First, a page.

Sound Stories. Sound Voices.
Play Live Radio
Next Up:
0:00 0:00
Available On Air Stations
You are on the KUOW archive site. Click here to go to our current site.

Skagit Hospital Creates Illegal Barriers For Abortion, ACLU Says

ACLU plaintiff Kevan Coffey says Skagit Regional Health seemed to have an "unwritten policy" not to perform abortions. Hospital officials say there was no such policy and that providers and patients made their own decisions.

The ACLU of Washington has filed a lawsuit against Skagit Regional Health. It claims the public hospital’s policies create illegal barriers to abortion. Hospitals say they are required to offer abortions, but can’t make employees perform them.    


The ACLU’s lawsuit says a public hospital is violating state law by referring patients to clinics to terminate their pregnancies.

The plaintiff is Kevan Coffey, a licensed nurse practitioner. She used to work for Skagit Regional Health, where she says there was an “unwritten policy” not to perform abortions. She says that concerned her as a health care provider and a woman of childbearing age.

Coffey: “In general it was just accepted that we didn’t really have those services available in our facilities so we were to refer them to Planned Parenthood.”

Clunies-Ross: “Hospitals and clinics refer patients outside all the time to get services that can’t be provided within the hospital structure.”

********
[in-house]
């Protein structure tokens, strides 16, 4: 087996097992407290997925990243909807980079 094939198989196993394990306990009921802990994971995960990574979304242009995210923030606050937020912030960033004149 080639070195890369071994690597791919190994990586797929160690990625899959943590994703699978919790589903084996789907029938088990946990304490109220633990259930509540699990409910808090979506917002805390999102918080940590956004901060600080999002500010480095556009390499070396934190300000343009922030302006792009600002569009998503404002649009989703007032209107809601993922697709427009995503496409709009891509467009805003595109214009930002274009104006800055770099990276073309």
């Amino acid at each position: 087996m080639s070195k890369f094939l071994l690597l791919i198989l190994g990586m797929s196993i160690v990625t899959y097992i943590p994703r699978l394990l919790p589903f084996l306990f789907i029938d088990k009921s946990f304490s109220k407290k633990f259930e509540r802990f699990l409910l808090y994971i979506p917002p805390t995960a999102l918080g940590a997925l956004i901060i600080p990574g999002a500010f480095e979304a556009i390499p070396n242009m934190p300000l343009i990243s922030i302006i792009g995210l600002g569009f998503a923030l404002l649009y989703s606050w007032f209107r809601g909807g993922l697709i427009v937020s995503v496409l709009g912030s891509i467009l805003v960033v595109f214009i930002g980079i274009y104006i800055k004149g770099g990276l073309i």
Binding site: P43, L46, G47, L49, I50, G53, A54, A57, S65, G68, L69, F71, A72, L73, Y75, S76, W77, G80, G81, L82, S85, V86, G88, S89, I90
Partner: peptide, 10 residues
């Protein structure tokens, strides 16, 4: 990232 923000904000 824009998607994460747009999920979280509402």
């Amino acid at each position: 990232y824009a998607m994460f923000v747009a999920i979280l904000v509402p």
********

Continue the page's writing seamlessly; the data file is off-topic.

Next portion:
That’s Mary Kay Clunies-Ross, with the Washington State Hospital Association. She says state law requires that hospitals with maternity services offer “substantially equivalent” services for pregnancy termination. It’s not clear whether referrals meet that standard. But she says state law also protects employees from having to perform abortions.

Meanwhile officials with Skagit Regional Health say they are following state law and have performed abortions, but couldn’t say how many.

Connie Davis is Skagit Regional’s Chief Medical Officer.

Davis: “There’s no policy for a referral specifically or not doing terminations. The policy is that it’s a choice between the provider and the patient. And of note, too, that that also involves the fact that providers have the right to opt in or opt out of doing those procedures.”

In recent years the ACLU has opposed partnerships between public hospitals and Catholic health networks, because of possible constraints on abortion services.

Washington recently required public hospitals to submit their policies for reproductive health care. The ACLU’s Leah Rutman says they believe that other public hospitals also aren’t providing abortion services in-house.

Rutman: “We have gone through all these policies now that they’re available, and while many are vague and unclear, what really became apparent to us is they suggest a lot of these hospitals aren’t complying with the law.”

The ACLU has sent letters stating those concerns to hospitals in Jefferson and Mason counties, as well as Whidbey Island. 

Year started with KUOW: 2005